Until next time,


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Are you prepared?

Most of us are aware we need to be prepared for a future we’ve yet to get our heads around. A future that involves driverless cars, robotics, artificial intelligence, big data. A future shaped by changing demographics and geo-politics. A future we can’t yet imagine.

We know it’s coming. We see the signs in what we watch and read. We know our organisations are contemplating what we must do to stay relevant. But few of us have taken the time to really think about what this will mean for us, or those that matter to us.

Yet our job as leaders is to lead – and leading today no longer means leading for business as usual. Rather it means leading others to a future that we only have glimpses of. But how do we prepare for a future we can’t even predict?

This question is at the crux of the difference between leading change and leading transformation. Leading change is like training be a Territorial. We go through drills to help us prepare to handle similar situations to those that have happened before e.g. disaster relief. The scale of the change might be different – but the change itself will be recognisable and our response will be predictable.

Leading transformation is like training for the SAS. The stakes are higher and the situations we are likely to find ourselves in are utterly unfamiliar. It’s not a case of running drills to deal with the familiar. It’s about focusing relentlessly on developing the mindset, disciplines and practices to be prepared to handle whatever comes up.

In preparing ourselves and those we lead to meet the challenges of an unknown future, we, like the SAS, must prepare differently. 

We must develop new insights into our motivations, tendencies of response and identities and adopt different mindsets. We must develop new disciplines that enable us to model with more precision, learn faster and perform better. We must up our game so we can ruthlessly focus on what really matters and push ourselves so we become masters of our own destinies – personally and organisationally.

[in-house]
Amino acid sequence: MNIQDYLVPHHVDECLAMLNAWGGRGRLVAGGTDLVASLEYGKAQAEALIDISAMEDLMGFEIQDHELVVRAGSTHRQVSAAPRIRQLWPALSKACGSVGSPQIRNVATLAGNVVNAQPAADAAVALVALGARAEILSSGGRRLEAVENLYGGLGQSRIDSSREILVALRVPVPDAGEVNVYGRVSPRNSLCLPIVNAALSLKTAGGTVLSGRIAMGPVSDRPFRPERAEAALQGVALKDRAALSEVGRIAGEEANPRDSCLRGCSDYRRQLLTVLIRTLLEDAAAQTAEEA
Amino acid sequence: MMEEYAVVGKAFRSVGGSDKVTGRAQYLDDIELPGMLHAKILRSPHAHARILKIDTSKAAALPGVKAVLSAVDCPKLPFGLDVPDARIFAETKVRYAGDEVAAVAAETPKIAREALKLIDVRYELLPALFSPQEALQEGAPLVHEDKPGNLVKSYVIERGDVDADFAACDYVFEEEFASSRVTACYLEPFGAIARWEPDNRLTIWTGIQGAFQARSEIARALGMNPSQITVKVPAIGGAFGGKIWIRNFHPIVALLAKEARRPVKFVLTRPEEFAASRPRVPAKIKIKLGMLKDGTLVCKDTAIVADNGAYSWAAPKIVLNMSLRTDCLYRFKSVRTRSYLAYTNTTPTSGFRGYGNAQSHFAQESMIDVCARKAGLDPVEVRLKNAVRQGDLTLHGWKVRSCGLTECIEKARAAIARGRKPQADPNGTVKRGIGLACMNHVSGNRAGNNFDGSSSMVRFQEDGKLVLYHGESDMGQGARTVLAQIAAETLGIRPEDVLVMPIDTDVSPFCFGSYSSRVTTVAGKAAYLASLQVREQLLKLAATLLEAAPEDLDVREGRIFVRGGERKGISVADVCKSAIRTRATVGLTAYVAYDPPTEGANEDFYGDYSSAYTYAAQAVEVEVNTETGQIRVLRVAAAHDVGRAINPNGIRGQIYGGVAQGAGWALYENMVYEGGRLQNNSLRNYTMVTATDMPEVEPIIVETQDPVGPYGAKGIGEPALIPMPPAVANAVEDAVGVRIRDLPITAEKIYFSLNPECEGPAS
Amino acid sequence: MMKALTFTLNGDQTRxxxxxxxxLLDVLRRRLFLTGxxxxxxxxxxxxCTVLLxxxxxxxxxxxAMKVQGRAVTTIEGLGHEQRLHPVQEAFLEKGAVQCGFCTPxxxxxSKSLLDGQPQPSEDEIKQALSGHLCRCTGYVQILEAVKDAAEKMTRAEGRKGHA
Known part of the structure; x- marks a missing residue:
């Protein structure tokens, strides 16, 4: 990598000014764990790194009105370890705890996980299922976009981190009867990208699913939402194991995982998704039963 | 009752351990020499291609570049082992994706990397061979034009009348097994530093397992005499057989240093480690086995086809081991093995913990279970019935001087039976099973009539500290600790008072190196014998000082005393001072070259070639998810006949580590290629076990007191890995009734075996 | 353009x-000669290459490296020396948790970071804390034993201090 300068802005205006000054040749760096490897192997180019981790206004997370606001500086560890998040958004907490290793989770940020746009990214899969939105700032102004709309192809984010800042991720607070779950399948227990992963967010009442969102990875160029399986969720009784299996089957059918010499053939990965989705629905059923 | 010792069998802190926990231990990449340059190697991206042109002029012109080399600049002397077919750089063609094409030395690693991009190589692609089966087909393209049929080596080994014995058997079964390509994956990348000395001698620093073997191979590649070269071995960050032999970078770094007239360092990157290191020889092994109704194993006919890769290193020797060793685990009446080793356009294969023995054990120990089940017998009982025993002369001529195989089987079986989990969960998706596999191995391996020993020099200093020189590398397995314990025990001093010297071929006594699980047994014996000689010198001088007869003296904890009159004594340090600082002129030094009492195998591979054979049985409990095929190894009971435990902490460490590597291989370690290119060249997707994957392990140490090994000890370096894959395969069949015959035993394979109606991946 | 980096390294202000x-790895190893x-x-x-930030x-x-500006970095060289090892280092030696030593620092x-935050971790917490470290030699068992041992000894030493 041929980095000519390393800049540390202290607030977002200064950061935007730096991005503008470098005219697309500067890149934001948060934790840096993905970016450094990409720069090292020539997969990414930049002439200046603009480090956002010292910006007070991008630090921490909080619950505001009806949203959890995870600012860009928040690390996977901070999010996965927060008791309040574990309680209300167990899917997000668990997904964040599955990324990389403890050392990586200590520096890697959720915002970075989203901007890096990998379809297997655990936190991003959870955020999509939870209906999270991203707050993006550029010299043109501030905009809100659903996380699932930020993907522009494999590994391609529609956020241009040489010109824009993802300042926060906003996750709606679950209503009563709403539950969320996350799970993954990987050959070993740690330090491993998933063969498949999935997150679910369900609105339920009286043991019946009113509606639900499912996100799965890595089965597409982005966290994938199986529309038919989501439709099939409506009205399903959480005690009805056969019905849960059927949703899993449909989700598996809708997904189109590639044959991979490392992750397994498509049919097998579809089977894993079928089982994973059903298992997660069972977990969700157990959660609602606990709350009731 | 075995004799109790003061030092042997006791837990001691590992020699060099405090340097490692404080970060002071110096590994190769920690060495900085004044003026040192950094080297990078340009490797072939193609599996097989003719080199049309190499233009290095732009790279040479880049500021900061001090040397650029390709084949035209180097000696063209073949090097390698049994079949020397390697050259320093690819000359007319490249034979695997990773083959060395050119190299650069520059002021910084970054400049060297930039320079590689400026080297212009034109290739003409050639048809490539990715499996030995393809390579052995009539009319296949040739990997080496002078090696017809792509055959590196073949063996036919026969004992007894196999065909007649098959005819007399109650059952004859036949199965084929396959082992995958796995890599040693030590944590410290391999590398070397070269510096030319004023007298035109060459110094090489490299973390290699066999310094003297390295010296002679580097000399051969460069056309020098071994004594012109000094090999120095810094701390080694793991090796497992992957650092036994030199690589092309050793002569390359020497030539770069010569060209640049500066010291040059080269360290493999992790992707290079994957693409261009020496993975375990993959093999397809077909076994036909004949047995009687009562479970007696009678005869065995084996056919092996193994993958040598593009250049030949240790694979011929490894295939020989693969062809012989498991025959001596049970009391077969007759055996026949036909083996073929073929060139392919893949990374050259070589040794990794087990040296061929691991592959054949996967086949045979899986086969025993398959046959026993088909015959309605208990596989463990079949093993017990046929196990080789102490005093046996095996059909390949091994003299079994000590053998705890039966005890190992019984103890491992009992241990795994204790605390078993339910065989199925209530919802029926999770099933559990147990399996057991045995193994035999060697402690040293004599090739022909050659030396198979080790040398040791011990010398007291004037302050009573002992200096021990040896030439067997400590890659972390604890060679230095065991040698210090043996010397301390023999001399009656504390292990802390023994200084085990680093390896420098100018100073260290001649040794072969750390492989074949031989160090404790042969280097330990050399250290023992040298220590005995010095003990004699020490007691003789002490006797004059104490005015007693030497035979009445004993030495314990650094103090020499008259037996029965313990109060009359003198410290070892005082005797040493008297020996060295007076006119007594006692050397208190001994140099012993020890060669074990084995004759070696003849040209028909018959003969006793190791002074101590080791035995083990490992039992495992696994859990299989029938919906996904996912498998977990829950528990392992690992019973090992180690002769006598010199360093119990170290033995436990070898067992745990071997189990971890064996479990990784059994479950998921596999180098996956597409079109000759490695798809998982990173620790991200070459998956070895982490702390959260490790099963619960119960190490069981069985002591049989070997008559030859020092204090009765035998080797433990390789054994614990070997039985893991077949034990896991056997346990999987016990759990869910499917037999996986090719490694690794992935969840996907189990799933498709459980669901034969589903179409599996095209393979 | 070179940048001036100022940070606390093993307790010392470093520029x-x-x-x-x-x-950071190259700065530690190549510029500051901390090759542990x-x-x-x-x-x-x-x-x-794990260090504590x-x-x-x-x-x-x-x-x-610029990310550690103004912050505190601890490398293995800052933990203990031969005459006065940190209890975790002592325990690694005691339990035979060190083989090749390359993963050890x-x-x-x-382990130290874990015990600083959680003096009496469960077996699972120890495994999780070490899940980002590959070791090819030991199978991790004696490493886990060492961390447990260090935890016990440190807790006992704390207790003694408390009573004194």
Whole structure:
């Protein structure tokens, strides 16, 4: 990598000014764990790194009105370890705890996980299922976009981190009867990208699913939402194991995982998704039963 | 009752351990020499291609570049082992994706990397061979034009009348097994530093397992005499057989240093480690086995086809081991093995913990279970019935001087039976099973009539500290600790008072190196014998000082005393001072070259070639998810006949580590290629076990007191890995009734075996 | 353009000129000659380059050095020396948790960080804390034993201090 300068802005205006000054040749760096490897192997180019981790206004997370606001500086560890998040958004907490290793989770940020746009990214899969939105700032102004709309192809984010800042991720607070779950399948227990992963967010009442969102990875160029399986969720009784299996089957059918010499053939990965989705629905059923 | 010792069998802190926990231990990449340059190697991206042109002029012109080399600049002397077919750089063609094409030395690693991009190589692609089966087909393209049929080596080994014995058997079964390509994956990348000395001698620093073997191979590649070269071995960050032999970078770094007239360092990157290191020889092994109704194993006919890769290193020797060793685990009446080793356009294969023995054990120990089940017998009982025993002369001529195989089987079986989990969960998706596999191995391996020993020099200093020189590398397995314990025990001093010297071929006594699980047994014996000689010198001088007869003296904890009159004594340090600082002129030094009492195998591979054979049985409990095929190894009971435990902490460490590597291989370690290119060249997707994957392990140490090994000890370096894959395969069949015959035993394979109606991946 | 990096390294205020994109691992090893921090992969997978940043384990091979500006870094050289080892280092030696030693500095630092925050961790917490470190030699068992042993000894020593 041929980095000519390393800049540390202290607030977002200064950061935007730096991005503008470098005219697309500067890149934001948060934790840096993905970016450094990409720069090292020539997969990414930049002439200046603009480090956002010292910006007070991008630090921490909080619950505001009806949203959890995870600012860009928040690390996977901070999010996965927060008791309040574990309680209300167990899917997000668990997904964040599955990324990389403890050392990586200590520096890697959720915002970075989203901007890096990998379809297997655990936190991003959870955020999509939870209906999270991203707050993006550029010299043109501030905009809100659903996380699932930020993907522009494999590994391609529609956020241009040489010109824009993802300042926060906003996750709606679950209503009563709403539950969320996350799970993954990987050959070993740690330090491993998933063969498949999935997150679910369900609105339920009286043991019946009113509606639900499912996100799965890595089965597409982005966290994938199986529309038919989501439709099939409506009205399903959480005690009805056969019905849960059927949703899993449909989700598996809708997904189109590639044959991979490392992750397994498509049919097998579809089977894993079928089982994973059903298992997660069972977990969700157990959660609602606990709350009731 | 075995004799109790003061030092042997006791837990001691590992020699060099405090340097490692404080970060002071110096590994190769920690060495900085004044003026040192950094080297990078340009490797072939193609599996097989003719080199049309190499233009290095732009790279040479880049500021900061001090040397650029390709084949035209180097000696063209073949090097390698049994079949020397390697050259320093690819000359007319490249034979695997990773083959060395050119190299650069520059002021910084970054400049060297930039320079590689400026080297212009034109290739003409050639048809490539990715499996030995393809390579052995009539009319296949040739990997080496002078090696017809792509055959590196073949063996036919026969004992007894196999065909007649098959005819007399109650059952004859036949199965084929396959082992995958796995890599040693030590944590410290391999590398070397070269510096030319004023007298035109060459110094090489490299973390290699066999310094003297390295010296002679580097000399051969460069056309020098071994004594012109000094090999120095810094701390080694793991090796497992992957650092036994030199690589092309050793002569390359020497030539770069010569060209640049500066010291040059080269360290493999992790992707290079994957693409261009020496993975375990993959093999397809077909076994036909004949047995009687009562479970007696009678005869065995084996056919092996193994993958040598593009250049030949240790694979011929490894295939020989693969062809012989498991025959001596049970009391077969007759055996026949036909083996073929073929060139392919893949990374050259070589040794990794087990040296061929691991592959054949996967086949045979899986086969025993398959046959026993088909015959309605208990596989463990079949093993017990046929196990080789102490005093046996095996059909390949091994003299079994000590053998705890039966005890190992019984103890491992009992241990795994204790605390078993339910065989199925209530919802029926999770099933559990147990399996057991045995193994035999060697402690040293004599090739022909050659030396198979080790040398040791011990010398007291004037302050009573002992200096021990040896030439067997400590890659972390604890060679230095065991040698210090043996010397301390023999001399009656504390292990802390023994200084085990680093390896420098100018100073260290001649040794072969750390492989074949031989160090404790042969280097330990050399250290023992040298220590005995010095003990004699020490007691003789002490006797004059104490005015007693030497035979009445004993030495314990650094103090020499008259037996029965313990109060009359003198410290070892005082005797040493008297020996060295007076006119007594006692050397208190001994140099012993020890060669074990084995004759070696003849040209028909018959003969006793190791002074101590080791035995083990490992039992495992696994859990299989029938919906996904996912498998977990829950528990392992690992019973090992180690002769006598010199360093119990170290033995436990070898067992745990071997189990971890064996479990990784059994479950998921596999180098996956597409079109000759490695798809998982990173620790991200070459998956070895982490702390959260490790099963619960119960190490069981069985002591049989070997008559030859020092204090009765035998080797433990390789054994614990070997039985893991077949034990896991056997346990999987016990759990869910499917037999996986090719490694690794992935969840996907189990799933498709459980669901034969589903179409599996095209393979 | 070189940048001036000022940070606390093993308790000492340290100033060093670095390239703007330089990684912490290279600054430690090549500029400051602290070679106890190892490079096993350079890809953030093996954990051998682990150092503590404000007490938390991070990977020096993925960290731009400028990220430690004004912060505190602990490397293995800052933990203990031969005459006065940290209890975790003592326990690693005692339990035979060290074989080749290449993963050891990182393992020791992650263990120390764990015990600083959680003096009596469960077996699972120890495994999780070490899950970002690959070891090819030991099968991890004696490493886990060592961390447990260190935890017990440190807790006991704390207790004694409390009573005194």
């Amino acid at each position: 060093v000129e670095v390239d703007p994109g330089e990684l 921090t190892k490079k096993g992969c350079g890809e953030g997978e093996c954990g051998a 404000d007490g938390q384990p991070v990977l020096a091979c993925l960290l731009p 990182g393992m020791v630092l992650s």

So how do we begin? We start by learning to pay attention. Much as we are advised to keep up with our professional and industry reading, we must be equally diligent in keeping up with future trends. 

We begin by keeping a list for ourselves that’s marked ‘The Future’. Every time we see something, read something or have a conversation about anything that could possibly have an impact on the future (no matter how seemingly insignificant) we make a note. At this point we're not considering what this could mean, we're just getting into the habit of paying attention.

For example, recent entries on my list include:

  • The possibilities of cars powered by poo
  • The impact of pop-up office spaces rather than being tied into multi-year leases
  • Prediction that by 2020, 50% of workforce will be free-lancers
  • Shopping malls declining in favour of big-box stores
  • A prediction that within twenty years the number of accountants in NZ would drop from 17,669 to 19

What’s on your list?

Interested in knowing more about the challenges of leading transformative change? Come and join us for our Two-Hour Special Event.